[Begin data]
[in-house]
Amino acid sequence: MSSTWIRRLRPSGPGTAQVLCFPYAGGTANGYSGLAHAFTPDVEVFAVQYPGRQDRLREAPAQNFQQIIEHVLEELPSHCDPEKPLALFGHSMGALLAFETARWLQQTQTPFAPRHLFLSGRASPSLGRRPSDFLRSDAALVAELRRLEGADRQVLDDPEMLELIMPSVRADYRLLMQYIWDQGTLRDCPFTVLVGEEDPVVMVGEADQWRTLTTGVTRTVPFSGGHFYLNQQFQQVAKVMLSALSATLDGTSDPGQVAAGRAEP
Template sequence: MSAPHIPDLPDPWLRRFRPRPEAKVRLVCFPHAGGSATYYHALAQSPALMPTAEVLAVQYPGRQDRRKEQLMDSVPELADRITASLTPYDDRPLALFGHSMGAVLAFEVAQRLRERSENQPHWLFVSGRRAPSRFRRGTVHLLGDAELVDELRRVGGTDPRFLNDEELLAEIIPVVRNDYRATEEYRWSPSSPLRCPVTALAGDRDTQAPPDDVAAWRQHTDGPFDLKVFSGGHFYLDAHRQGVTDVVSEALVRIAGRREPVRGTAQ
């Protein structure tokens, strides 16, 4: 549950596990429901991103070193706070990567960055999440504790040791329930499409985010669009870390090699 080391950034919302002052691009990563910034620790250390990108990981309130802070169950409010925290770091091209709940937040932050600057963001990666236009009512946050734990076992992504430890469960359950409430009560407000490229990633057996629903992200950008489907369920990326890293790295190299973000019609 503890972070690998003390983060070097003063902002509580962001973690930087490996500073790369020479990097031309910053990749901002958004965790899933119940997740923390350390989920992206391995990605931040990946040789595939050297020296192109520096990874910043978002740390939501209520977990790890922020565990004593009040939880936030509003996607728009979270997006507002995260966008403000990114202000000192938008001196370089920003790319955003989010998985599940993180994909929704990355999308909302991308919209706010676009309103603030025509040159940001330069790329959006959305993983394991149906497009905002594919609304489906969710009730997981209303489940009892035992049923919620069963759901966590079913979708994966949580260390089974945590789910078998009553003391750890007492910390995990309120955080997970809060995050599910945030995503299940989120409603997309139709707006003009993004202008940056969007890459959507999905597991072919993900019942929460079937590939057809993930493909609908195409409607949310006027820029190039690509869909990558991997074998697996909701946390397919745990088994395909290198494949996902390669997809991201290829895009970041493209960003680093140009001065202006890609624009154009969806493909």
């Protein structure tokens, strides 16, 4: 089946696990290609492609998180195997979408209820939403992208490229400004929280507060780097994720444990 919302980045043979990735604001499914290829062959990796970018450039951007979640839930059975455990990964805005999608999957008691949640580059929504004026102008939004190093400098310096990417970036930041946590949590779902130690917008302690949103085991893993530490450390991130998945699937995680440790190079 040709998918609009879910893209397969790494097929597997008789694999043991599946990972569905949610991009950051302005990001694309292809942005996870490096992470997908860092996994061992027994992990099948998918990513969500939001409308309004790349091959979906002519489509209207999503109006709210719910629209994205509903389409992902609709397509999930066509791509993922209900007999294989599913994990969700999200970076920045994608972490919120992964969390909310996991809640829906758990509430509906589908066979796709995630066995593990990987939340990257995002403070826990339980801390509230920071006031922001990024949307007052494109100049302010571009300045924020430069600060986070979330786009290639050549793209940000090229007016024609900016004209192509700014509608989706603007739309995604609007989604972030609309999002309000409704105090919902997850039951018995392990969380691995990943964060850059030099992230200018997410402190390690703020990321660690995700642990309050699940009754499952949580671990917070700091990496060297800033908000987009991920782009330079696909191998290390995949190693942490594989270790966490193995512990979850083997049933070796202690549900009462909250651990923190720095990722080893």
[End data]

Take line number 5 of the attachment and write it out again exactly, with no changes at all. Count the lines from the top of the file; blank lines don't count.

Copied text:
């Protein structure tokens, strides 16, 4: 089946696990290609492609998180195997979408209820939403992208490229400004929280507060780097994720444990 919302980045043979990735604001499914290829062959990796970018450039951007979640839930059975455990990964805005999608999957008691949640580059929504004026102008939004190093400098310096990417970036930041946590949590779902130690917008302690949103085991893993530490450390991130998945699937995680440790190079 040709998918609009879910893209397969790494097929597997008789694999043991599946990972569905949610991009950051302005990001694309292809942005996870490096992470997908860092996994061992027994992990099948998918990513969500939001409308309004790349091959979906002519489509209207999503109006709210719910629209994205509903389409992902609709397509999930066509791509993922209900007999294989599913994990969700999200970076920045994608972490919120992964969390909310996991809640829906758990509430509906589908066979796709995630066995593990990987939340990257995002403070826990339980801390509230920071006031922001990024949307007052494109100049302010571009300045924020430069600060986070979330786009290639050549793209940000090229007016024609900016004209192509700014509608989706603007739309995604609007989604972030609309999002309000409704105090919902997850039951018995392990969380691995990943964060850059030099992230200018997410402190390690703020990321660690995700642990309050699940009754499952949580671990917070700091990496060297800033908000987009991920782009330079696909191998290390995949190693942490594989270790966490193995512990979850083997049933070796202690549900009462909250651990923190720095990722080893």